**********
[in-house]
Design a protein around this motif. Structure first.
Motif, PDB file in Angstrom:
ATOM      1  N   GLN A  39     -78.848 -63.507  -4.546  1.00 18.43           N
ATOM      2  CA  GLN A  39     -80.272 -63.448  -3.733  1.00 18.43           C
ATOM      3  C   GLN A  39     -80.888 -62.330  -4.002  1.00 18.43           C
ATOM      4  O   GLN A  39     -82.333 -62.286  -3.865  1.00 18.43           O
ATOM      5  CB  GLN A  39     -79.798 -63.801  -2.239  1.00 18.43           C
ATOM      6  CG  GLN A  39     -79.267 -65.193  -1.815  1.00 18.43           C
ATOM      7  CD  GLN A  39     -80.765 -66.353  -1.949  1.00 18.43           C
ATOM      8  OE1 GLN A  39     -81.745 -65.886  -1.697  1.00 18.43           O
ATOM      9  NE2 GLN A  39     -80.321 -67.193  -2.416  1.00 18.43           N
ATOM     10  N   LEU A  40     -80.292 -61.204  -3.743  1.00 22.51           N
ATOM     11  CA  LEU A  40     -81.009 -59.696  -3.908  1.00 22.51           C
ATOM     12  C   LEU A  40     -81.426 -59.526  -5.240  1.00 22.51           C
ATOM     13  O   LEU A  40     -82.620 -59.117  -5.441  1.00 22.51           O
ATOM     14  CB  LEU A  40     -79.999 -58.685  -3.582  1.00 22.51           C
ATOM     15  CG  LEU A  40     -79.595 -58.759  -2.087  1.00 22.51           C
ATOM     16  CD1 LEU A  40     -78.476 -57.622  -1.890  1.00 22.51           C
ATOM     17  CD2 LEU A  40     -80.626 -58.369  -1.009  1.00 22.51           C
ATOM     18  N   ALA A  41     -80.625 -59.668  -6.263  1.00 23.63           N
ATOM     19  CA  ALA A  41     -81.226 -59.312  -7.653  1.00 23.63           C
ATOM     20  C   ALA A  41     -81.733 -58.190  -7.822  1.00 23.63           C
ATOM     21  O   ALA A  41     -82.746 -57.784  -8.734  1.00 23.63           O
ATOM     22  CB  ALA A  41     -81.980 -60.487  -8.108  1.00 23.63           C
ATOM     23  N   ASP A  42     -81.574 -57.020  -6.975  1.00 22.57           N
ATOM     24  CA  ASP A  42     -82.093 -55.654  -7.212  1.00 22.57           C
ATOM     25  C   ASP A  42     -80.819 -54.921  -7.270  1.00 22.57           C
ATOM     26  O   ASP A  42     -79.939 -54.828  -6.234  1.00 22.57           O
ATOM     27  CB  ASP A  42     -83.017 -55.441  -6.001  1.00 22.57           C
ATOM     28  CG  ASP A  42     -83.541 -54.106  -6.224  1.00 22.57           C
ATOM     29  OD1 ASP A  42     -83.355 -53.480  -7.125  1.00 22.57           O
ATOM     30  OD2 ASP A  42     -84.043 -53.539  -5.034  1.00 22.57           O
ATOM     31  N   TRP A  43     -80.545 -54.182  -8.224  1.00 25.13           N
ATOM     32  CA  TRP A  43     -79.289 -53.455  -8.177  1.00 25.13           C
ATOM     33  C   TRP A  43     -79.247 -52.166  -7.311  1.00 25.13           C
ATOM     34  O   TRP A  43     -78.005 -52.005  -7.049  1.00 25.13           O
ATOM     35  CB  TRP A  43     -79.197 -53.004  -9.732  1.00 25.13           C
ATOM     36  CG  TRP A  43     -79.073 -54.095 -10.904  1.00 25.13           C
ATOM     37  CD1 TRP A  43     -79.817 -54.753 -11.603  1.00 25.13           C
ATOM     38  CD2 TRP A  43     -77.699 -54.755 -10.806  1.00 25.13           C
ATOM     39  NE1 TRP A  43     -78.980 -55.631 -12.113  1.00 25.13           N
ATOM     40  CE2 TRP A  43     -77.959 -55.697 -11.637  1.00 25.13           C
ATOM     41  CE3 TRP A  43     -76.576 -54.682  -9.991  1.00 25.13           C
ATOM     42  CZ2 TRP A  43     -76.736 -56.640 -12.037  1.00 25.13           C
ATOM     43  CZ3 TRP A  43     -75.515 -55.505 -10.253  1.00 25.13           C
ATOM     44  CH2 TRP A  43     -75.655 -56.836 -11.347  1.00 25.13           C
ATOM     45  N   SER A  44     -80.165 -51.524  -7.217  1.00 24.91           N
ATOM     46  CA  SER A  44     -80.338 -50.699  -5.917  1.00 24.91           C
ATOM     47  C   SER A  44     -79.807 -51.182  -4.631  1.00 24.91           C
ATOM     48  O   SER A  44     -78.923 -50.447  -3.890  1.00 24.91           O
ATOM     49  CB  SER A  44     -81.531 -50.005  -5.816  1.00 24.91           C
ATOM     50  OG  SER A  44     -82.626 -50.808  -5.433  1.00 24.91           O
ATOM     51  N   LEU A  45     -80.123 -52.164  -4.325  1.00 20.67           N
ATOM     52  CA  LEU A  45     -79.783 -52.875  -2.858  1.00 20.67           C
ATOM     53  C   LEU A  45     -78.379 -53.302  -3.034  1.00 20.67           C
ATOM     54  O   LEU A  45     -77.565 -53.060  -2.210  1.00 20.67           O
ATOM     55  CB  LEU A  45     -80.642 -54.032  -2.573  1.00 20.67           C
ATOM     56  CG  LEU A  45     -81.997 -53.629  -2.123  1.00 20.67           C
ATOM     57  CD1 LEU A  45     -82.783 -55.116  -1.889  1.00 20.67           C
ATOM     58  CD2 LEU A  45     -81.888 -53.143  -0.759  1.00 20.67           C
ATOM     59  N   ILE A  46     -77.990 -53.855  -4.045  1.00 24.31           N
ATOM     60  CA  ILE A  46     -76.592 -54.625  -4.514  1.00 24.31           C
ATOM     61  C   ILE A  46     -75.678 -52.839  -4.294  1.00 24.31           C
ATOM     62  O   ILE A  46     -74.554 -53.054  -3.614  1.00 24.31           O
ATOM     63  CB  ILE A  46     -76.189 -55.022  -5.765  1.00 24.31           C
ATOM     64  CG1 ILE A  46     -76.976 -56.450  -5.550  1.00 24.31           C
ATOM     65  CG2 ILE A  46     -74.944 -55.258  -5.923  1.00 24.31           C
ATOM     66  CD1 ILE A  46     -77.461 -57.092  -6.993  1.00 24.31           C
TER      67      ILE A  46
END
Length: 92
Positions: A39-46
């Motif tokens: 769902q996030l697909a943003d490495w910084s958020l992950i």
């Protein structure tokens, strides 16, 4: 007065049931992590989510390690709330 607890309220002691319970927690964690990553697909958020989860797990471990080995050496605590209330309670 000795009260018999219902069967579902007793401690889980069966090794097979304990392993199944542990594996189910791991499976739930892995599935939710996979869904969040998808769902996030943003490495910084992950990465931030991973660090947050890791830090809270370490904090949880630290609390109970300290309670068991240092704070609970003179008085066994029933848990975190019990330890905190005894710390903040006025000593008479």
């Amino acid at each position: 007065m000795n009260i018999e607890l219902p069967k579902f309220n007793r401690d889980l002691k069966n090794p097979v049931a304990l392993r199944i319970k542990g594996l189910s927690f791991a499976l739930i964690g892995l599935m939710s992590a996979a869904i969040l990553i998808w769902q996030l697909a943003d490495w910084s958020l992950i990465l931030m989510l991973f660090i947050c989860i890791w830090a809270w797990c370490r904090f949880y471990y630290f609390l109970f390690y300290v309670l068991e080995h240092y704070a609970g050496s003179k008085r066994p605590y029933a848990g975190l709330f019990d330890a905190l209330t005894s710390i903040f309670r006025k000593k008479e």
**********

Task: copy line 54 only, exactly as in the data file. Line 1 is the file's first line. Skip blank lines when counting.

ATOM     51  N   LEU A  45     -80.123 -52.164  -4.325  1.00 20.67           N